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Brown will be Court of Appeals' chief judge

Madison, Wisconsin - April 30, 2007

Judge Richard S. Brown

Judge Richard S. Brown

Chief Judge R. Thomas Cane

Chief Judge R. Thomas Cane

Judge Richard S. Brown, an Oconomowoc resident who has served on the Wisconsin Court of Appeals since 1978, has been named chief judge of the state's intermediate appeals court. He will begin his three-year term on August 1.

The Supreme Court selected Brown to succeed Chief Judge R. Thomas Cane, who plans to retire this summer when his term ends. Cane has served as the Court of Appeals' chief judge since 1998.

"Managing a diverse, statewide appellate court is a complex and often very difficult task," said Chief Justice Shirley S. Abrahamson. "Chief Judge Cane's leadership has been characterized by flexibility, a willingness to listen, good humor, and decisiveness. We shall miss Chief Judge Cane, but we know that the Court of Appeals will be very well served by Judge Brown, who in his nearly 30 years on the bench has shown wisdom, creativity, compassion, and an extraordinary work ethic - all the qualities that make a great judge."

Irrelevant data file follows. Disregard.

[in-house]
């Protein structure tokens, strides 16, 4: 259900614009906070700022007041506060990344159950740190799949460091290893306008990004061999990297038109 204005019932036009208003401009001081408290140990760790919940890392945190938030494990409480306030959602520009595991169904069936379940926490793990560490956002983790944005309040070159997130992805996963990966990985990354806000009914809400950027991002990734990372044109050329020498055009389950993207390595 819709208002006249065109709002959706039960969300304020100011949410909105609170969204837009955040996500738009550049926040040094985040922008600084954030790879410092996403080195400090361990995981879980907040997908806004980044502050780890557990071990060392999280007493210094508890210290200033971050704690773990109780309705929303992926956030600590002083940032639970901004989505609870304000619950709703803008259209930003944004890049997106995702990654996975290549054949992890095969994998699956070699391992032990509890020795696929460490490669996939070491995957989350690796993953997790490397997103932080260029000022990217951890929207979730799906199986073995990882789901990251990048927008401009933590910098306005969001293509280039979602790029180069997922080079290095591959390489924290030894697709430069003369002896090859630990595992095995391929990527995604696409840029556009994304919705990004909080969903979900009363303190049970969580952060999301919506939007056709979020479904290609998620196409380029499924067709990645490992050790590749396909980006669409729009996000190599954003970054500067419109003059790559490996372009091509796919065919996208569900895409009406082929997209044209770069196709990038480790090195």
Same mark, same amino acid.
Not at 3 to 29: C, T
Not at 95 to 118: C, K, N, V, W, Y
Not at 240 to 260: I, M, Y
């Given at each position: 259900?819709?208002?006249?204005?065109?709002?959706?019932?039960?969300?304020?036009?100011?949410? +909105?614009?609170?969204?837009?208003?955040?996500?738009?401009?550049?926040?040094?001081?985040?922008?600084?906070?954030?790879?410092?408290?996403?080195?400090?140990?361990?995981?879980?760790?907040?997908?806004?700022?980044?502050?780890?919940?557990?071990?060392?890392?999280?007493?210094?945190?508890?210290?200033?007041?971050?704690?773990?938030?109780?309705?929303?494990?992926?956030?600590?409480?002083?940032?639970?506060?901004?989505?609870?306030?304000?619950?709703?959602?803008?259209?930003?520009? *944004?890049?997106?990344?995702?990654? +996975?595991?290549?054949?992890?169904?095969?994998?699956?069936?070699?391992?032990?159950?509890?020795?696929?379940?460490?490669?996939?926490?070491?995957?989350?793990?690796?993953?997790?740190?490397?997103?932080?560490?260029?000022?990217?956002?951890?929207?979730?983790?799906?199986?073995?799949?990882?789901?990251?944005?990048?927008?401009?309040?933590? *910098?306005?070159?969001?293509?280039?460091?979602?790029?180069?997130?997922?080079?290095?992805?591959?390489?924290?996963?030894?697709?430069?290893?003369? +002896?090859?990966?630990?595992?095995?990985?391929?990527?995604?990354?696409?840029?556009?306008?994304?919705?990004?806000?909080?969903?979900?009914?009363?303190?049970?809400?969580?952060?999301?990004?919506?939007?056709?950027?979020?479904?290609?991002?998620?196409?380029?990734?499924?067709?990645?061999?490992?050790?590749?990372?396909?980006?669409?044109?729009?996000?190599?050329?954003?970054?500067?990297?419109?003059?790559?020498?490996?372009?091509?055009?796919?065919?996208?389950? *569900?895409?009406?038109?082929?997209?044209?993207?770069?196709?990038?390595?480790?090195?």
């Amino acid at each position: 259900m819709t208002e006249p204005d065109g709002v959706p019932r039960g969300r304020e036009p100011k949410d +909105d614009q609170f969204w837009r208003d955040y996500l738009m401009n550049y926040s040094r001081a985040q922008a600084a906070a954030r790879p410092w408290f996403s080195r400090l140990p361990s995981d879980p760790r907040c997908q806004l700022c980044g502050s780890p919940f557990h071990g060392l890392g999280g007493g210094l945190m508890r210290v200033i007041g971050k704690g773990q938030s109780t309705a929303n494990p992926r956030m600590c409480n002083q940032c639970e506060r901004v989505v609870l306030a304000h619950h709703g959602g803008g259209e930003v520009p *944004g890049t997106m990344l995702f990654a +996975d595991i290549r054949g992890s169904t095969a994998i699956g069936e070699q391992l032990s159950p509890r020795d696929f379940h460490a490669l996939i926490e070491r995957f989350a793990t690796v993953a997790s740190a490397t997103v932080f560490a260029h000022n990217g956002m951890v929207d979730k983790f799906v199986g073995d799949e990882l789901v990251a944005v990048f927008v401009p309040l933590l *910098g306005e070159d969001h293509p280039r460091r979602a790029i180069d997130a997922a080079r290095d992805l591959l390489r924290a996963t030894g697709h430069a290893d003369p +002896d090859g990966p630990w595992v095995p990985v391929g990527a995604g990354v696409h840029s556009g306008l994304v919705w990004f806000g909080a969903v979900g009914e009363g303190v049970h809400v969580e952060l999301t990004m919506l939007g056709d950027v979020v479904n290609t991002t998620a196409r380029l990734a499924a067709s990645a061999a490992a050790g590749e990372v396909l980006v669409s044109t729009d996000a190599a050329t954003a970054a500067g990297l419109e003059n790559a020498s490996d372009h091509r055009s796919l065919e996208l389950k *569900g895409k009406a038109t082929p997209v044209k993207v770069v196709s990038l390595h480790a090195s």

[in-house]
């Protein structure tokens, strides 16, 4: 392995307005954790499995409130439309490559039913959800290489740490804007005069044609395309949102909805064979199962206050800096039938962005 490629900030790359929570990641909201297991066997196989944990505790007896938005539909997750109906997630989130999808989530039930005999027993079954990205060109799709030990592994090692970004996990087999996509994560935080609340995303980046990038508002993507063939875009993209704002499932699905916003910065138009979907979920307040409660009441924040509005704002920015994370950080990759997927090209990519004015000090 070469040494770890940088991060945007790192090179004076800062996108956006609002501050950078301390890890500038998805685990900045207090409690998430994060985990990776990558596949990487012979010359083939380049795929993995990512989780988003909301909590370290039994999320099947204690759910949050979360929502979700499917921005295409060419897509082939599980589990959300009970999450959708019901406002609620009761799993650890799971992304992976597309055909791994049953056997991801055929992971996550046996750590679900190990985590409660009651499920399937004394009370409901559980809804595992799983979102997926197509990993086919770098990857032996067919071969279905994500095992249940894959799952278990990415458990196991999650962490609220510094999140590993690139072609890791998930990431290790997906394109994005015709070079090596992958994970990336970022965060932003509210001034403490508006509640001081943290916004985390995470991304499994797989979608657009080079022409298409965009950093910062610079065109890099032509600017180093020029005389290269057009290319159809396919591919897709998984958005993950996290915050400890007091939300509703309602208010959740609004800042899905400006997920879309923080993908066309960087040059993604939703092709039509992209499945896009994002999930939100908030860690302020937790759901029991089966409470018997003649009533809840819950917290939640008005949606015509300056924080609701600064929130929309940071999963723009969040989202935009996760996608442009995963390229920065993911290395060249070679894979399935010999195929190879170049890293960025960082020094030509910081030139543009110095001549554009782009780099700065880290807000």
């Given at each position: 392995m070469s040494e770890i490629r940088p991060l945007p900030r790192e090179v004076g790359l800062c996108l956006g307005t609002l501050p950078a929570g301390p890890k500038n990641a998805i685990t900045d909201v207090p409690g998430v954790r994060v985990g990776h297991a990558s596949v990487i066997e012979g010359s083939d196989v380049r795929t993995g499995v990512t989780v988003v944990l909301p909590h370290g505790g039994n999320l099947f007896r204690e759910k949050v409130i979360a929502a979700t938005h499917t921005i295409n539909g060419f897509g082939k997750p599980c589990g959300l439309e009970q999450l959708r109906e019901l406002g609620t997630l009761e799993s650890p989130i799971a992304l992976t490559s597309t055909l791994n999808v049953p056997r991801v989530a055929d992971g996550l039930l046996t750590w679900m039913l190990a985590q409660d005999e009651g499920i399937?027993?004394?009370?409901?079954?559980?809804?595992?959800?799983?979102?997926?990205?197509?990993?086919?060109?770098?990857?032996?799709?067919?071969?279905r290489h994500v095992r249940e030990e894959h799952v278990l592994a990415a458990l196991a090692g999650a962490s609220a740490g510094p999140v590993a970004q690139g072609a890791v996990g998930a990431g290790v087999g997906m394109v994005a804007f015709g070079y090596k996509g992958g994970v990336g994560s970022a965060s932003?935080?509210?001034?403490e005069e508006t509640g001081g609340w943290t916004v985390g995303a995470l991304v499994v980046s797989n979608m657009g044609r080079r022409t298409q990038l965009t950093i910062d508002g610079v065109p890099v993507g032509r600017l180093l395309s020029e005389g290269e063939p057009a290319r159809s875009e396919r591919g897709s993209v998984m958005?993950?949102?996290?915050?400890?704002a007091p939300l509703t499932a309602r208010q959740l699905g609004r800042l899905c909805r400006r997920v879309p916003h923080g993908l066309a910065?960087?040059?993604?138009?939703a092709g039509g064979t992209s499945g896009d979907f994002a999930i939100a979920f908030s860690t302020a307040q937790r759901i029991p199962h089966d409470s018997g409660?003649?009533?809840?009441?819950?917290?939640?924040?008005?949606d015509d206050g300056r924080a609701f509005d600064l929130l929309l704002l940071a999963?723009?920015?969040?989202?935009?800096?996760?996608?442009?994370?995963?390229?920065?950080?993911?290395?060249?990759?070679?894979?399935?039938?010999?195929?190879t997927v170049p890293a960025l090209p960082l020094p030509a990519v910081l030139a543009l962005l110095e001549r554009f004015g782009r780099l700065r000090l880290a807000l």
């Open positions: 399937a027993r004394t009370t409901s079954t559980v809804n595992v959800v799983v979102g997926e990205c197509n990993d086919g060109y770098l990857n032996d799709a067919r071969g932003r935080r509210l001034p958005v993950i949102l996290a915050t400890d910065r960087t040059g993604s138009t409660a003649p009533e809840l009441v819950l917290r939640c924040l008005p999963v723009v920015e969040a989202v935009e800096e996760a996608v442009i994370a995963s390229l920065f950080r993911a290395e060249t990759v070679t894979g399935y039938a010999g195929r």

In addition to maintaining a caseload, the Court of Appeals' chief judge handles a variety of management duties for the four-district, 16-judge court. Brown will work with court staff on budget matters and personnel issues, and monitor - with the assistance of the presiding judges - the flow of cases to equalize the workload among the districts and ensure prompt decisions.

Brown has been a leader in the Wisconsin courts and in national justice-related initiatives. He is chair of the committee that developed Wisconsin's program for training and certifying court interpreters; he is a member of the Supreme Court Planning and Policy Advisory Committee; and he has taken leadership roles in national organizations including the American Bar Association and the American Judicature Society. He is a frequent speaker at judicial education programs and is a member of the faculty of the National Judicial College.

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